Ancient Monuments

History on the Ground

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Stone hut circle 800m ESE of Trewalla Farm

A Scheduled Monument in Linkinhorne, Cornwall

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Coordinates

Latitude: 50.5102 / 50°30'36"N

Longitude: -4.4641 / 4°27'50"W

OS Eastings: 225384.658635

OS Northings: 70721.869161

OS Grid: SX253707

Mapcode National: GBR NF.KC5M

Mapcode Global: FRA 17JQ.4PM

Entry Name: Stone hut circle 800m ESE of Trewalla Farm

Scheduled Date: 3 December 1992

Source: Historic England

Source ID: 1011989

English Heritage Legacy ID: 15167

County: Cornwall

Civil Parish: Linkinhorne

Traditional County: Cornwall

Lieutenancy Area (Ceremonial County): Cornwall

Church of England Parish: St Cleer

Church of England Diocese: Truro

Details

The monument includes a small stone hut circle, situated near other broadly
contemporary hut circles and cairns and amid an area of medieval cultivation
ridges on the western slope of the southern spur of Craddock Moor on SE Bodmin
Moor.
The hut circle survives with a turf-covered wall of heaped rubble, up to 0.75m
wide and 0.4m high, around a circular interior area, 2.8m in diameter,
levelled into the hillslope. The hut circle wall has a series of small
boulders, up to 0.3m across, spaced along its inner edge to form a rough
facing.

MAP EXTRACT
The site of the monument is shown on the attached map extract.
It includes a 2 metre boundary around the archaeological features,
considered to be essential for the monument's support and preservation.

Source: Historic England

Reasons for Scheduling

Bodmin Moor, the largest of the Cornish granite uplands, has long been
recognised to have exceptional preservation of archaeological remains. The
Moor has been the subject of detailed archaeological survey and is one of the
best recorded upland landscapes in England. The extensive relict landscapes of
prehistoric, medieval and post-medieval date provide direct evidence for human
exploitation of the Moor from the earliest prehistoric period onwards. The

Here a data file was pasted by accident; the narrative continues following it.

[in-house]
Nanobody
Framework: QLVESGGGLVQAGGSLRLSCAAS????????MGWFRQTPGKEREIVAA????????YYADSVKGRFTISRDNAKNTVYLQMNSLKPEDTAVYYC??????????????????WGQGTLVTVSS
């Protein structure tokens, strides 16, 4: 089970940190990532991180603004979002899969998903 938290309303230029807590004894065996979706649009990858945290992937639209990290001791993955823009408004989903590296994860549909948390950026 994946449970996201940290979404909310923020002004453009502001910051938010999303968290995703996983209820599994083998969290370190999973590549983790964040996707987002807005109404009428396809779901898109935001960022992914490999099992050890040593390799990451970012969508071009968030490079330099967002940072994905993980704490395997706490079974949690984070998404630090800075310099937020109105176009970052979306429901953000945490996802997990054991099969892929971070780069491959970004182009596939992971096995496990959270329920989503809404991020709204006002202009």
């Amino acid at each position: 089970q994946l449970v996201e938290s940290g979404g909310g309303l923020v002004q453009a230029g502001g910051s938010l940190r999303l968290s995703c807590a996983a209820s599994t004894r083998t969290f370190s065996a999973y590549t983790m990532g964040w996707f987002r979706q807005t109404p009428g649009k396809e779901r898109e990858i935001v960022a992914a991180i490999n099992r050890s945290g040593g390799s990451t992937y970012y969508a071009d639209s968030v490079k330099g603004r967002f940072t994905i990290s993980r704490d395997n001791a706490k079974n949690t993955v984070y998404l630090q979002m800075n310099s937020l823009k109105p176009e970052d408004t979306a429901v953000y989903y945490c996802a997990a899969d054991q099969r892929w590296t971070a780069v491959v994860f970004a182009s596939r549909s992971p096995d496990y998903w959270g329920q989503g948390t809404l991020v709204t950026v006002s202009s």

well-preserved and often visible relationship between settlement sites, field
systems, ceremonial and funerary monuments as well as later industrial remains
provides significant insights into successive changes in the pattern of land
use through time. Stone hut circles were the dwelling places of prehistoric
farmers on the Moor, mostly dating from the Bronze Age (c.2000-700 BC). The
stone-based round houses survive as low walls or banks enclosing a circular
floor area; remains of a turf or thatch roof are not preserved. The huts occur
singly or in small or large groups and may occur in the open or be enclosed by
a bank of earth and stone. Although they are common on the Moor, their
longevity of use and their relationship with other monument types provides
important information on the diversity of social organisation and farming
practices among prehistoric communities. They are particularly representative
of their period and a substantial proportion of surviving examples are
considered worthy of protection.

This hut circle on southern Craddock Moor has survived reasonably well and
displays clear details of its construction. Its proximity to other broadly
contemporary settlement and funerary sites and to a medieval field system
demonstrates well the nature of land use during the Prehistoric period and its
subsequent development.

Source: Historic England

Sources

Other
Consulted 1/1992, Carter, A/RCHME, 1:2500 AP transcription for SX 2570,
consulted 1/1992, Cornwall SMR entry for PRN 1443,
consulted 1/1992, Cornwall SMR entry for PRN 1443.04,
consulted 1/1992, Cornwall SMR entry for PRN 1446,
Consulted 7/1991, Carter, A./RCHME, 1:2500 AP transcriptions for SX 2470 & SX 2471,

Source: Historic England

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